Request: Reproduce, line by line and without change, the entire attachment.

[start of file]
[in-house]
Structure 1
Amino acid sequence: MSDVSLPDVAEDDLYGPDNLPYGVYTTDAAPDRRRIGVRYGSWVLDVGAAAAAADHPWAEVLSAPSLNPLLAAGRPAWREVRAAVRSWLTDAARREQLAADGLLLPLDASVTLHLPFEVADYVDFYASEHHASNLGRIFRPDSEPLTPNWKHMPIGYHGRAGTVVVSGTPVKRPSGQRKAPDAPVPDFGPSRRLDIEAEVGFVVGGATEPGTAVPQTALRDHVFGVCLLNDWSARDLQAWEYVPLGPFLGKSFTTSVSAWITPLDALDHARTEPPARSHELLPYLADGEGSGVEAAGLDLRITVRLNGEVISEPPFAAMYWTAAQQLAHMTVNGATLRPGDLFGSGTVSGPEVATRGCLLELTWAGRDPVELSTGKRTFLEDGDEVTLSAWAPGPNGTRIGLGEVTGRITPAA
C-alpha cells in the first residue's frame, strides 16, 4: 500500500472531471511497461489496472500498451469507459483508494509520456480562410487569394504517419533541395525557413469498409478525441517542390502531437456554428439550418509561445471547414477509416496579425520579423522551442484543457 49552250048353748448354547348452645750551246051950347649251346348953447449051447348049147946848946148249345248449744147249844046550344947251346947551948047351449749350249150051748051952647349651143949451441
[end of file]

[in-house]
Structure 1
Amino acid sequence: MSDVSLPDVAEDDLYGPDNLPYGVYTTDAAPDRRRIGVRYGSWVLDVGAAAAAADHPWAEVLSAPSLNPLLAAGRPAWREVRAAVRSWLTDAARREQLAADGLLLPLDASVTLHLPFEVADYVDFYASEHHASNLGRIFRPDSEPLTPNWKHMPIGYHGRAGTVVVSGTPVKRPSGQRKAPDAPVPDFGPSRRLDIEAEVGFVVGGATEPGTAVPQTALRDHVFGVCLLNDWSARDLQAWEYVPLGPFLGKSFTTSVSAWITPLDALDHARTEPPARSHELLPYLADGEGSGVEAAGLDLRITVRLNGEVISEPPFAAMYWTAAQQLAHMTVNGATLRPGDLFGSGTVSGPEVATRGCLLELTWAGRDPVELSTGKRTFLEDGDEVTLSAWAPGPNGTRIGLGEVTGRITPAA
C-alpha cells in the first residue's frame, strides 16, 4: 500500500472531471511497461489496472500498451469507459483508494509520456480562410487569394504517419533541395525557413469498409478525441517542390502531437456554428439550418509561445471547414477509416496579425520579423522551442484543457 49552250048353748448354547348452645750551246051950347649251346348953447449051447348049147946848946148249345248449744147249844046550344947251346947551948047351449749350249150051748051952647349651143949451441